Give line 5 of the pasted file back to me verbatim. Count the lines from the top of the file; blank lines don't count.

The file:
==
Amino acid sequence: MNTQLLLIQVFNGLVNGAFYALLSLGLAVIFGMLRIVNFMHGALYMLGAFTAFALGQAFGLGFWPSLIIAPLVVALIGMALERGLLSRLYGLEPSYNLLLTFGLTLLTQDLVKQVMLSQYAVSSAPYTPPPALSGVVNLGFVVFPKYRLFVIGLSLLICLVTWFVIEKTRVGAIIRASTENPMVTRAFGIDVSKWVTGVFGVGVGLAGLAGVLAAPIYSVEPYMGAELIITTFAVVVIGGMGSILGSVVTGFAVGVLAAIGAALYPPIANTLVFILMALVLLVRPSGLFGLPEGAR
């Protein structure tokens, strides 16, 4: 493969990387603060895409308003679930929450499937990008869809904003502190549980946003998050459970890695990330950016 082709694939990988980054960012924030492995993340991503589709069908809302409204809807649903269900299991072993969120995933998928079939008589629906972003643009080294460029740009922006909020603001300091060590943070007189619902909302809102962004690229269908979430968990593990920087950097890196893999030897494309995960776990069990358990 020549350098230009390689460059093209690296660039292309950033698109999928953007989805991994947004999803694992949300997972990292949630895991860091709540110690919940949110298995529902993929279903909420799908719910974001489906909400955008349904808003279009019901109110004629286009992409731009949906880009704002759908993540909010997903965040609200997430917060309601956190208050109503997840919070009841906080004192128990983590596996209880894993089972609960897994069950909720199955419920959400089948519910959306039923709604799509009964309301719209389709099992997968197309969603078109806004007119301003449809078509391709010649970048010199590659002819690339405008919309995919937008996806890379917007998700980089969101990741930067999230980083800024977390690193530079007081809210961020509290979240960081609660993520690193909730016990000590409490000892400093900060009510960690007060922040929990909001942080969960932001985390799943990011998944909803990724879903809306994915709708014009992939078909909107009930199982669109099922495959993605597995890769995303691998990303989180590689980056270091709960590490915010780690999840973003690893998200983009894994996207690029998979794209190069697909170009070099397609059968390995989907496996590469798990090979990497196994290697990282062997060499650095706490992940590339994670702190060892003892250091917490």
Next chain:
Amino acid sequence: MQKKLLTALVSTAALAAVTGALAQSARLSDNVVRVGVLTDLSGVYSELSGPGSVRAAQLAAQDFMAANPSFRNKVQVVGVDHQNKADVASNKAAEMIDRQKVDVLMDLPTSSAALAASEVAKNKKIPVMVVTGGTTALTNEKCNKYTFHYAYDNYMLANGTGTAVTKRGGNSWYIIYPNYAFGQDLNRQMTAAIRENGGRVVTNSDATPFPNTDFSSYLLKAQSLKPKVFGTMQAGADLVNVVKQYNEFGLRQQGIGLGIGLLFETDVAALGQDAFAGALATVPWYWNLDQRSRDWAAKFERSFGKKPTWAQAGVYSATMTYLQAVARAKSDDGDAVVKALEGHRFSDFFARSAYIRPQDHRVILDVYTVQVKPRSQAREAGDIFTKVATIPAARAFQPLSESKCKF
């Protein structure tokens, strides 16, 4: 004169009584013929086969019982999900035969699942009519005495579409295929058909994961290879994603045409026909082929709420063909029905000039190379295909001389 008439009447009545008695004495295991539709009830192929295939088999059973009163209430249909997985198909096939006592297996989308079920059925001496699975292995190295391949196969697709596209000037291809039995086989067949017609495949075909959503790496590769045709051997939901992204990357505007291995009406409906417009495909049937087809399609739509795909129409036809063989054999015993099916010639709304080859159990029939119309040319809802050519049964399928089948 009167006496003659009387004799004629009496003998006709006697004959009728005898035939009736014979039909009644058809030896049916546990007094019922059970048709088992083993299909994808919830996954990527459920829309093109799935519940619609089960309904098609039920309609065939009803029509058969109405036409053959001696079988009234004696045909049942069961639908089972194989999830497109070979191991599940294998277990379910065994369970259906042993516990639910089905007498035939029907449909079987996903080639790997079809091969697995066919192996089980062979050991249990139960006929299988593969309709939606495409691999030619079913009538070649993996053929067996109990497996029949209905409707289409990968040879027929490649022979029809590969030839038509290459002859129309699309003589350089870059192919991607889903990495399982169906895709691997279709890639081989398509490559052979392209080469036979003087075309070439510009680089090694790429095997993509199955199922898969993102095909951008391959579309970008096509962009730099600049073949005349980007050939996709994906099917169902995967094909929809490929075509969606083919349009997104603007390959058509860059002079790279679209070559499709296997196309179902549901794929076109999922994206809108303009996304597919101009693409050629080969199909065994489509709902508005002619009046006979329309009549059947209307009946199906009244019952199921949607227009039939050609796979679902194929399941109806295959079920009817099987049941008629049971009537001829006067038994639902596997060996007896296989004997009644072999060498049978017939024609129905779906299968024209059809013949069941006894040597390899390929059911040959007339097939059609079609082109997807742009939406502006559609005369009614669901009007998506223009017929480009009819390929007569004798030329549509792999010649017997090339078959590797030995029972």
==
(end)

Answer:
């Protein structure tokens, strides 16, 4: 004169009584013929086969019982999900035969699942009519005495579409295929058909994961290879994603045409026909082929709420063909029905000039190379295909001389 008439009447009545008695004495295991539709009830192929295939088999059973009163209430249909997985198909096939006592297996989308079920059925001496699975292995190295391949196969697709596209000037291809039995086989067949017609495949075909959503790496590769045709051997939901992204990357505007291995009406409906417009495909049937087809399609739509795909129409036809063989054999015993099916010639709304080859159990029939119309040319809802050519049964399928089948 009167006496003659009387004799004629009496003998006709006697004959009728005898035939009736014979039909009644058809030896049916546990007094019922059970048709088992083993299909994808919830996954990527459920829309093109799935519940619609089960309904098609039920309609065939009803029509058969109405036409053959001696079988009234004696045909049942069961639908089972194989999830497109070979191991599940294998277990379910065994369970259906042993516990639910089905007498035939029907449909079987996903080639790997079809091969697995066919192996089980062979050991249990139960006929299988593969309709939606495409691999030619079913009538070649993996053929067996109990497996029949209905409707289409990968040879027929490649022979029809590969030839038509290459002859129309699309003589350089870059192919991607889903990495399982169906895709691997279709890639081989398509490559052979392209080469036979003087075309070439510009680089090694790429095997993509199955199922898969993102095909951008391959579309970008096509962009730099600049073949005349980007050939996709994906099917169902995967094909929809490929075509969606083919349009997104603007390959058509860059002079790279679209070559499709296997196309179902549901794929076109999922994206809108303009996304597919101009693409050629080969199909065994489509709902508005002619009046006979329309009549059947209307009946199906009244019952199921949607227009039939050609796979679902194929399941109806295959079920009817099987049941008629049971009537001829006067038994639902596997060996007896296989004997009644072999060498049978017939024609129905779906299968024209059809013949069941006894040597390899390929059911040959007339097939059609079609082109997807742009939406502006559609005369009614669901009007998506223009017929480009009819390929007569004798030329549509792999010649017997090339078959590797030995029972």